Ramona Gonzalez, aka Nite Jewel, was the first artist we considered here at L.A. Weekly when putting together our Re:Play L.A. series, which consists of four local indie artists covering their favorite classic albums, for free, at the Hard Rock Cafe on Hollywood Boulevard.
From the get-go, we've been fans of Nite Jewel's eclectic bouillabaisse of lo-fi sounds, high-concept electronics, heady experimentation and keen appreciation for the purest forms of pop and funk, which she painstakingly crafts with the help of husband Cole M. Greif-Neill — formerly of Ariel Pink's Haunted Graffiti and currently a key Beck associate.
Like Nocando and Sun Araw, Ramona did not hesitate when asked what classic album she wanted to cover: Kraftwerk's Computerworld (with bits thrown in from its German-language counterpart, Computerwelt, to boot).
We spoke with her last week to get the details, although she warned us, "I've been suffering from insomnia because Cole and I just finished our new Nite Jewel album. I feel like I had a baby."
L.A. WEEKLY: How did you discover Kraftwerk? Are you into bicycling?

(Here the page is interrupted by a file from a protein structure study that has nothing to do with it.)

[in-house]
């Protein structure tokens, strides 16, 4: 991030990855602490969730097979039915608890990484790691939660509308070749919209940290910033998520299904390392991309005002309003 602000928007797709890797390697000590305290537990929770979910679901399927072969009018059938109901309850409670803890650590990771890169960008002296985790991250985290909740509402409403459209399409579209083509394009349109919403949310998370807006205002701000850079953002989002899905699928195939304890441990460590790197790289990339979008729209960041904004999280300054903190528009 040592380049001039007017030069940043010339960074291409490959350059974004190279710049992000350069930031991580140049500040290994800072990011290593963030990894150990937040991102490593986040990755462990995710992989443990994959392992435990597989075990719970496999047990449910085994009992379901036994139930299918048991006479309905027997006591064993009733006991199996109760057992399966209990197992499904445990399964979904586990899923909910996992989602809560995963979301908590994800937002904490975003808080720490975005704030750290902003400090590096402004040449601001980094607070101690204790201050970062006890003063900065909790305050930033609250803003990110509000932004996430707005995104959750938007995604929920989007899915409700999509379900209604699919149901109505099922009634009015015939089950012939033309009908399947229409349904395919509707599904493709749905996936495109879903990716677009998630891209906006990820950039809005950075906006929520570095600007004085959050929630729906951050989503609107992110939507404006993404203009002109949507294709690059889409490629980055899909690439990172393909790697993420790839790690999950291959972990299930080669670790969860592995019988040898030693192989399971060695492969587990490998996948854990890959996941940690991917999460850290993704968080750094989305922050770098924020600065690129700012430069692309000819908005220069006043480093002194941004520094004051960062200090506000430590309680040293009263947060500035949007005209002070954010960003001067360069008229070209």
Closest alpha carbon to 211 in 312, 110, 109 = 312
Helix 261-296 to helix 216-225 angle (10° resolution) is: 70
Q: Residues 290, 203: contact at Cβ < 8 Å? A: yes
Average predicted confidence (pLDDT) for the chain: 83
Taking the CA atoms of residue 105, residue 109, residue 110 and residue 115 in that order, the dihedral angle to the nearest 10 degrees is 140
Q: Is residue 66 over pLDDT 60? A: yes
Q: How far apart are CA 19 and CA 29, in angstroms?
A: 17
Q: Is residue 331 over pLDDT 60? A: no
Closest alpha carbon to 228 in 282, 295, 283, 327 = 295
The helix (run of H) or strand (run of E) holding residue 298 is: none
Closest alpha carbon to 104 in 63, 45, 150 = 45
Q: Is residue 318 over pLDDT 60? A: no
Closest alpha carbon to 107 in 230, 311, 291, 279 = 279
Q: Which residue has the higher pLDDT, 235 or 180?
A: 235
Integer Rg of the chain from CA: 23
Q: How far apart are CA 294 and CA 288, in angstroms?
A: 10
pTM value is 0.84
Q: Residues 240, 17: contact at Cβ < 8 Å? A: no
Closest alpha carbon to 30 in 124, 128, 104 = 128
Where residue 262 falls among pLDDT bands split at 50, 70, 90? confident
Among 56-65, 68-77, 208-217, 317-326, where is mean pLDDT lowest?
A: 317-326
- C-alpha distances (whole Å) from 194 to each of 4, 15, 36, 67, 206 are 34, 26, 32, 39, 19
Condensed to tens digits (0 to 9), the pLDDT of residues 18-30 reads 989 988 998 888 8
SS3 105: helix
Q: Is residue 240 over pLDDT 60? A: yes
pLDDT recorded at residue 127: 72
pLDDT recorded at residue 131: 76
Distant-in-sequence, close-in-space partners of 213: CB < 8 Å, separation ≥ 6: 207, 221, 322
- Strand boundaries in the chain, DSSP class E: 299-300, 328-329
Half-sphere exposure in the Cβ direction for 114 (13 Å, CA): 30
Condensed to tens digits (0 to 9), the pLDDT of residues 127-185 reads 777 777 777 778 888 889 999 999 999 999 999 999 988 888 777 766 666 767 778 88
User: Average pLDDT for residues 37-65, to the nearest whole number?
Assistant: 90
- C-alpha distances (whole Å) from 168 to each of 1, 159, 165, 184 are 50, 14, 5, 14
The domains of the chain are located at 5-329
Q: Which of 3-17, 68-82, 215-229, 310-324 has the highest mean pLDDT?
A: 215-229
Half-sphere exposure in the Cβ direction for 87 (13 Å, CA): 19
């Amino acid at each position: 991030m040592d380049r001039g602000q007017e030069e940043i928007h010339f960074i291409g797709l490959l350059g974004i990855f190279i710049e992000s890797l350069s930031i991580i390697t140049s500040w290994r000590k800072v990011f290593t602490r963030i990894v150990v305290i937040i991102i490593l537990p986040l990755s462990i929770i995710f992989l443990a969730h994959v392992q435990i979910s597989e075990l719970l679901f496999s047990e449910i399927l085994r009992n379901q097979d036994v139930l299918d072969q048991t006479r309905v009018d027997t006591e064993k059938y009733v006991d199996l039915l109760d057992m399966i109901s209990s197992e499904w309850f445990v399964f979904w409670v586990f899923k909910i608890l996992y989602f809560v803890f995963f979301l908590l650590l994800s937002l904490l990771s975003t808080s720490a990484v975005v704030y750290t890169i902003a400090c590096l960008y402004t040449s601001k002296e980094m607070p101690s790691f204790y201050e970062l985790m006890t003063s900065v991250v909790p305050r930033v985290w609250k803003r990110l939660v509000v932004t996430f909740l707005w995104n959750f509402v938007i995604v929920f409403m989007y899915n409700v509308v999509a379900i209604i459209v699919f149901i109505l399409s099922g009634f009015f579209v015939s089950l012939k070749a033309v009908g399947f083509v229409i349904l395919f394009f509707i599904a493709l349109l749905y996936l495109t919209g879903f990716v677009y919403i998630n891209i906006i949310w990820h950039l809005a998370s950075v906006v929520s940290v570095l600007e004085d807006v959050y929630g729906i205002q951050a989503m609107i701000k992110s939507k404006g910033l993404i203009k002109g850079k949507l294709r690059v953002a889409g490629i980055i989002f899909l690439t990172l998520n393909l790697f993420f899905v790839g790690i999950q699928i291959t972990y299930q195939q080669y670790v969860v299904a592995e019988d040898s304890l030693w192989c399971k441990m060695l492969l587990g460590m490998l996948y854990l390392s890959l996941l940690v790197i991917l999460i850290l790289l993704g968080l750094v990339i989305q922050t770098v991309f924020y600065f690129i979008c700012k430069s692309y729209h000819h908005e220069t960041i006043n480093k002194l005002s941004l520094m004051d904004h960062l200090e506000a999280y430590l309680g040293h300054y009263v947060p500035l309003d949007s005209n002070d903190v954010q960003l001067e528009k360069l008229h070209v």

RAMONA GONZALEZ: Haha. Yes, but not seriously. I think I got into Kraftwerk through Afrika Bambaata [whose signature 1982 hit "Planet Rock" was inspired by the German group's "Trans-Europe Express" and "Numbers," from Computerworld]. And also "Pocket Calculator" — someone put it on a mix for me in high school in Berkeley.
Who made mixes for you in high school? Was that a flirting thing?
Do people ever make mixtapes outside of a flirting context?
Well, it was a girl who made it for me. She wasn't gay at the time, but she came out later. Her name is Gabby. But in high school she dated hot dudes.
Have you ever been to Germany?
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Once, for tour. I was practicing German on the plane and trains beforehand and my bandmates thought it was really lame.
Was it like Kraftwerk made you imagine it?
No, I wish it had been. I should have gone to Bavaria or something. That's real shit right there. ... But back to the show: I just want people to know Kraftwerk are some funk-ass muthafuckas. Funky. [Detroit house legend] Moodyman thought Kraftwerk were funky-ass black dudes from Detroit. People don't realize — they think Kraftwerk is uptight and dorky. WRONG!
Nite Jewel performs as part of L.A. Weekly's Re:Play L.A. series, Wed., Aug. 10, 9 p.m., at the Hard Rock Café, 6801 Hollywood Blvd., Hlywd. Free.